Life and Work of Bayard Rustin Subject of Lecture

February 6, 2014

Dr. John D'Emilio, author and pioneer in developing the field of gay and lesbian studies, will present the Armstrong Lecture at Bradley University on February 19 at 7 p.m. in Neumiller Lecture Hall in Bradley Hall. D'Emilio will discuss "An Agitator for Justice:  The Life and Work of Bayard Rustin" in the free lecture that is open to the public.

D'Emilio's research interests include gay and lesbian studies; the history of sexuality; social movements; and U.S. history after 1945. He is the author or editor of more than half a dozen books, including Sexual Politics, Sexual Communities: The Making of a Homosexual Minority in the United States; Intimate Matters: A History of Sexuality in America [with Estelle Freedman]; Making Trouble: Essays on Gay History, Politics, and the University; and Creating Change: Sexuality, Public Policy, and Civil Rights[co-edited with William Turner and Urvashi Vaid]. Intimate Matters was quoted by Supreme Court justice Anthony Kennedy in the 2003 Lawrence v. Texas decision that ruled state sodomy laws unconstitutional.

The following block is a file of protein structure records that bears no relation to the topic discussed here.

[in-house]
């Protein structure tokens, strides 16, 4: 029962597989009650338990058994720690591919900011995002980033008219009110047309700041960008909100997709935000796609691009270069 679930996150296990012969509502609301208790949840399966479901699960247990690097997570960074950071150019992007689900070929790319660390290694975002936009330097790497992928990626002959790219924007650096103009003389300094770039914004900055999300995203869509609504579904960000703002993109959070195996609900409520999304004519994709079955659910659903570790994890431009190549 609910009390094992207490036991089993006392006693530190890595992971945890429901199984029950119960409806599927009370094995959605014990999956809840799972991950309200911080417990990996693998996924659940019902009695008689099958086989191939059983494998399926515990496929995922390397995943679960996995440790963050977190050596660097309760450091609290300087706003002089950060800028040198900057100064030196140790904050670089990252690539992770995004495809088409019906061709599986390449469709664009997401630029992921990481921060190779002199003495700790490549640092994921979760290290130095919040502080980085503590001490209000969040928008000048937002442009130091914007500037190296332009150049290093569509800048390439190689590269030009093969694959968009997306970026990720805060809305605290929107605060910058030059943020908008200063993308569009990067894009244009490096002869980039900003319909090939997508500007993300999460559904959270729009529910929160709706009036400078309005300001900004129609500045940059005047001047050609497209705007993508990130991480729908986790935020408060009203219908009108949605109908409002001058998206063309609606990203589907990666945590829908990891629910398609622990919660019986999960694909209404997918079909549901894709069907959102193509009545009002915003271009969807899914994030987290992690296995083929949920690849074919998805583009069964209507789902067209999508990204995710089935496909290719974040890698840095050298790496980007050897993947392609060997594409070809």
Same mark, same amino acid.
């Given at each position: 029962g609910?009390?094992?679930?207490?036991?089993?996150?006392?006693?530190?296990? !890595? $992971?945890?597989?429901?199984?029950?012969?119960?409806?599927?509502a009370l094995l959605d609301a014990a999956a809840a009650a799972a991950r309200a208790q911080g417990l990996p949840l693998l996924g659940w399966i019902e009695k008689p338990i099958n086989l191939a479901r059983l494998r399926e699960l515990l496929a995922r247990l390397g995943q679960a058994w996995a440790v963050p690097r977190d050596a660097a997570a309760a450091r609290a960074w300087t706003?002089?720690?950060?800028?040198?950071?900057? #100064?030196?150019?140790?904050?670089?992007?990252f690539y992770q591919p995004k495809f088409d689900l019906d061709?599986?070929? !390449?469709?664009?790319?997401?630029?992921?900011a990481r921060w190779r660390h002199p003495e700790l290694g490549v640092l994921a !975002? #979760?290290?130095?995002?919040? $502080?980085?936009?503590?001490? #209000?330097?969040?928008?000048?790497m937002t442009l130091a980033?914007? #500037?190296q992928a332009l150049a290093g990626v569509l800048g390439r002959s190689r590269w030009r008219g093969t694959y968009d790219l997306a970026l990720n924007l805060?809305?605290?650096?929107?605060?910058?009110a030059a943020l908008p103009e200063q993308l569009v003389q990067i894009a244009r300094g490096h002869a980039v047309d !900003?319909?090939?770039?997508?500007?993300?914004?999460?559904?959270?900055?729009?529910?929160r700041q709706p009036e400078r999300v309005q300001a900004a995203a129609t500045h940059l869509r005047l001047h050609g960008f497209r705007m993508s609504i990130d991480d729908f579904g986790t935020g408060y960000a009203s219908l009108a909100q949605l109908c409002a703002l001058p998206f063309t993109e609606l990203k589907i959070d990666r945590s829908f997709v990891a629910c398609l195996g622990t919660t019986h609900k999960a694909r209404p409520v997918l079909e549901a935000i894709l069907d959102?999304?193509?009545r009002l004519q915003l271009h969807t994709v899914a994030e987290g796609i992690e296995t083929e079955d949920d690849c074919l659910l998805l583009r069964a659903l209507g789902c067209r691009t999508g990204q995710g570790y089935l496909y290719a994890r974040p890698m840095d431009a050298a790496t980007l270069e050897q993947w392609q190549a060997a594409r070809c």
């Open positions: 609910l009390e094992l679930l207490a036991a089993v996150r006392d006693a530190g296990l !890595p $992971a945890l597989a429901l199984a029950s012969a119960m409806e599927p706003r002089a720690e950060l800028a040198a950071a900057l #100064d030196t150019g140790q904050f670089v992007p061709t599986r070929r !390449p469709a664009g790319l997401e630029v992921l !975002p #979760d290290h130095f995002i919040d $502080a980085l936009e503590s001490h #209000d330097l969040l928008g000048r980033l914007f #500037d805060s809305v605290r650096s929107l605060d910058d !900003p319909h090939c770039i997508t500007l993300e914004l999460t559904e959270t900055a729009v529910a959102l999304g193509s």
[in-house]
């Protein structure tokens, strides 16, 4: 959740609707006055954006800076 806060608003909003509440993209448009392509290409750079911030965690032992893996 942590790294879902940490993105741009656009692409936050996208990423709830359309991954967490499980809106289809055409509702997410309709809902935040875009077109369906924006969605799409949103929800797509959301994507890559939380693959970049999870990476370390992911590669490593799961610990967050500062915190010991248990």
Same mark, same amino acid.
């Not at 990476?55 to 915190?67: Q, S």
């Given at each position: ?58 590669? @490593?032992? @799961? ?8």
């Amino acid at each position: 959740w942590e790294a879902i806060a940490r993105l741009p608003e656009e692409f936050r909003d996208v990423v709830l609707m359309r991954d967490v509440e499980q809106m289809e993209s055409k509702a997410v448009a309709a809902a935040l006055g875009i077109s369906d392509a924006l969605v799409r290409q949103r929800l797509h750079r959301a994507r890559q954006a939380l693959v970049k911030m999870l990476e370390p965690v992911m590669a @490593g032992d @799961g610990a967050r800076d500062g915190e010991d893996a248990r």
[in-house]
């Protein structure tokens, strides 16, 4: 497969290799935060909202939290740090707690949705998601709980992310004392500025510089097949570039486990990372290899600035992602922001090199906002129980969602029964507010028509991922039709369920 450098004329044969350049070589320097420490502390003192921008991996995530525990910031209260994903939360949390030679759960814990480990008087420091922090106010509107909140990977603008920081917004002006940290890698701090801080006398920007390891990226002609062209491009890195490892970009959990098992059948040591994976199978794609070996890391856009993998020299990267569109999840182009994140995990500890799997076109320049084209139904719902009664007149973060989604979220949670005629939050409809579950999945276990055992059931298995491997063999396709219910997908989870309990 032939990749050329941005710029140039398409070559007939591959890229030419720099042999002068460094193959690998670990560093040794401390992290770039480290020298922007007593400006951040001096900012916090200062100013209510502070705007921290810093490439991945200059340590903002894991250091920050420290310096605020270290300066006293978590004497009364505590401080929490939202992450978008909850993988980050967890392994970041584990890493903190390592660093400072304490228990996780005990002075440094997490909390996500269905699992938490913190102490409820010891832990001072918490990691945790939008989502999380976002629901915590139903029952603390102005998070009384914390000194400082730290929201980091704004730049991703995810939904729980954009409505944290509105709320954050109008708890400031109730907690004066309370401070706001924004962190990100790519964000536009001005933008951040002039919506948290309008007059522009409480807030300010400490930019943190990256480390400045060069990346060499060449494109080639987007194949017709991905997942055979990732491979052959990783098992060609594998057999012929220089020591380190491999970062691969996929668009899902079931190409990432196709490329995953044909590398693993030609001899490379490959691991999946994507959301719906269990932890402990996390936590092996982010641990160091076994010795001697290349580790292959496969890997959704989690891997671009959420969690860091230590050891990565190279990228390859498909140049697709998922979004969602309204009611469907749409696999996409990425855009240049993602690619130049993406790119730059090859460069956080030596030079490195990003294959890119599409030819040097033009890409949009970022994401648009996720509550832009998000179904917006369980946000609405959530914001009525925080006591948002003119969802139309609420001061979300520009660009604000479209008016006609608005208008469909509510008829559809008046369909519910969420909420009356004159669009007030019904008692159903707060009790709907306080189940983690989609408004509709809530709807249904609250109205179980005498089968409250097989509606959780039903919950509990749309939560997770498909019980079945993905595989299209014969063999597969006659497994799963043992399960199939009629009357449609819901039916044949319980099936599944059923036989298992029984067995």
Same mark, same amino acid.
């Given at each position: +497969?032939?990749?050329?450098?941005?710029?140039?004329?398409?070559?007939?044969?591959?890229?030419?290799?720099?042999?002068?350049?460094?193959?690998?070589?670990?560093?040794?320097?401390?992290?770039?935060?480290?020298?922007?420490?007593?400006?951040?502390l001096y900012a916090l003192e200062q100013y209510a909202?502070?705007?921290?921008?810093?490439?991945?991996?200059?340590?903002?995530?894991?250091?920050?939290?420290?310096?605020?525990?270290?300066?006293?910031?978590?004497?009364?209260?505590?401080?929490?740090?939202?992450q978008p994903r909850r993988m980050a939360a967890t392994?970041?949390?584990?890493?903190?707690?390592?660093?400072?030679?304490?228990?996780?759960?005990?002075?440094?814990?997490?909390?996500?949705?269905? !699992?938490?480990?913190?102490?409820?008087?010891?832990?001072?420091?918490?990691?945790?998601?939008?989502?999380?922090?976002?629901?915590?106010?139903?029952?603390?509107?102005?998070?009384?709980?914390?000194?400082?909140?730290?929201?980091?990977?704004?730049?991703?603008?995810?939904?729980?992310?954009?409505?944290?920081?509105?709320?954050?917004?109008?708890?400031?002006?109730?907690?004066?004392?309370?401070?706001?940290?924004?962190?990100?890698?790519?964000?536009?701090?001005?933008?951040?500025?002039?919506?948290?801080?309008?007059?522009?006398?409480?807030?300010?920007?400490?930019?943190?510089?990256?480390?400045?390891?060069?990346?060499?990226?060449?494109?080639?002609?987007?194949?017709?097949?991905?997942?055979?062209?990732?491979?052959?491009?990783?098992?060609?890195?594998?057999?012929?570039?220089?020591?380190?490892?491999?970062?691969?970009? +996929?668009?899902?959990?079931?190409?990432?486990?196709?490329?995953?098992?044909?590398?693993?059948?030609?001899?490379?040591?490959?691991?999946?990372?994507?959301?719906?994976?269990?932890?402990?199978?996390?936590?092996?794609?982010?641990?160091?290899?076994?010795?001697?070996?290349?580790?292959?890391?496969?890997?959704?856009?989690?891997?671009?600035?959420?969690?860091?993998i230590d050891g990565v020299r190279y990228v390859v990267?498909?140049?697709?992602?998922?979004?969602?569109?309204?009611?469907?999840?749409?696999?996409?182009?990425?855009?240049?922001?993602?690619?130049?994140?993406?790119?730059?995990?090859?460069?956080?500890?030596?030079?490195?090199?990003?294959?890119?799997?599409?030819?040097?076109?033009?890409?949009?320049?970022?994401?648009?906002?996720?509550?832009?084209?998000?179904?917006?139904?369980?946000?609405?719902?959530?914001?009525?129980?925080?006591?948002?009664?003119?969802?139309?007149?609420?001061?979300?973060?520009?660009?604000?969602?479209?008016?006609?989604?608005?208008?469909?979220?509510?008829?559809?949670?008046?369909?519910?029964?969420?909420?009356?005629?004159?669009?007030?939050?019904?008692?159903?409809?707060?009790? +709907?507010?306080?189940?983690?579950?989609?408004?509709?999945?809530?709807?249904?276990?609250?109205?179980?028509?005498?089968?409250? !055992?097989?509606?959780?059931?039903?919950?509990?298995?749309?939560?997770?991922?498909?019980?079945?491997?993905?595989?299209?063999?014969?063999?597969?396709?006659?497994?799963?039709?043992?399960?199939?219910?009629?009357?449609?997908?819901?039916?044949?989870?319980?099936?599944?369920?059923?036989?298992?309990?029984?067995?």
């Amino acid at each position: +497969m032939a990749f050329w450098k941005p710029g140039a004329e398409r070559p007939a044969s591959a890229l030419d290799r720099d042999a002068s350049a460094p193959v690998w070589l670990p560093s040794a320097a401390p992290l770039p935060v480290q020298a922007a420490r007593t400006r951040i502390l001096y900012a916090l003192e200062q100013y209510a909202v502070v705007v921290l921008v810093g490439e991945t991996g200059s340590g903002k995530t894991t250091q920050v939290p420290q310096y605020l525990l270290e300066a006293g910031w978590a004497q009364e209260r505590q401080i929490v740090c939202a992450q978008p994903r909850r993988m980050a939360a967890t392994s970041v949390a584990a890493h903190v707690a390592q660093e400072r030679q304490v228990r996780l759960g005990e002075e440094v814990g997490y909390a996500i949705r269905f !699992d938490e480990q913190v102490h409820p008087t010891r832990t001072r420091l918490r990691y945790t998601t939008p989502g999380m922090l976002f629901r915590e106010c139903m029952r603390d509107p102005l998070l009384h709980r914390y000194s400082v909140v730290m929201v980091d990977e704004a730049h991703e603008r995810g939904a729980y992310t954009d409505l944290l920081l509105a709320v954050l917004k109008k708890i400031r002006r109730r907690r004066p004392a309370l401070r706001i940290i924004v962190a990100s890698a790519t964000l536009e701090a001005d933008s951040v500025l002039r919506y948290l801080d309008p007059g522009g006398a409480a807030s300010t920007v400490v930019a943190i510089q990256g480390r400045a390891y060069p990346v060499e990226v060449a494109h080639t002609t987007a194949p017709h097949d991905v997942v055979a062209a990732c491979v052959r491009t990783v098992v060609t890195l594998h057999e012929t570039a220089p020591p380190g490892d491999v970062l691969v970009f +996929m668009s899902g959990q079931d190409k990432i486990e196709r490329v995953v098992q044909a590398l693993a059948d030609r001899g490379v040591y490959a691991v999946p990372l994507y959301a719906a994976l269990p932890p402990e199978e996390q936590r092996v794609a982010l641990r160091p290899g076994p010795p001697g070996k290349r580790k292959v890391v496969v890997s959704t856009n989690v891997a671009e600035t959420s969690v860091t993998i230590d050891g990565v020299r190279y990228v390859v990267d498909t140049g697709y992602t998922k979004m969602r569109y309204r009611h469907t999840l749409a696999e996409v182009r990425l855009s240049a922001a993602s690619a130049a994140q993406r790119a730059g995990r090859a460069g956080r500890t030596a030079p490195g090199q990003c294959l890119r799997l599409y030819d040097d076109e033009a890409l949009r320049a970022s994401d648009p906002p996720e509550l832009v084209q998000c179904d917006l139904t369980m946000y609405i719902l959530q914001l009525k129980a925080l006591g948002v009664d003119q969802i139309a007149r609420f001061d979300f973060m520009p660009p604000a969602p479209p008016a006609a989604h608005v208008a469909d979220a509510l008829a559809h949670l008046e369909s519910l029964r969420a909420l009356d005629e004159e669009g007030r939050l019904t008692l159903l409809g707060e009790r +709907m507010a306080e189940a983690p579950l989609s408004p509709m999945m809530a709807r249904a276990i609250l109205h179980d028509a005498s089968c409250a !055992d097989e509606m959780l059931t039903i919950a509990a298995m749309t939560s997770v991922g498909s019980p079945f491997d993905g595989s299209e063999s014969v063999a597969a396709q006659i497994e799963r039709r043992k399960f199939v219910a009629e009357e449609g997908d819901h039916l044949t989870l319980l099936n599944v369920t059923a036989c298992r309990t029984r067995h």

His book, The World Turned: Essays on Gay History, Politics, and Culture, published by Duke University Press, won the Editor's Choice Award of the Lambda Literary Foundation in 2003 as best book. Lost Prophet (The Free Press, 2003), a biography of American civil rights leader and Gandhian activist Bayard Rustin, has been widely honored. It was a nonfiction finalist for the National Book Award; winner of the Stonewall Award of the American Library Association for best gay and lesbian nonfiction book; and a New York Times "Notable Book" of 2003.

D'Emilio has won fellowships from the Guggenheim Foundation and the National Endowment for the Humanities; received the Brudner Prize from Yale University for lifetime contributions to gay and lesbian studies; and was a fellow at the Center for Advanced Studies in the Behavioral Sciences in Stanford, California.

The Armstrong Lecture, sponsored by the Department of History, is named for William M. Armstrong '47, a Peoria native who attended Bradley in the 1930's and 1940's, interrupted by service in France and the Philippines during World War II.  Armstrong received a master's degree in history from Louisiana State University and his Ph.D. in history from Stanford University.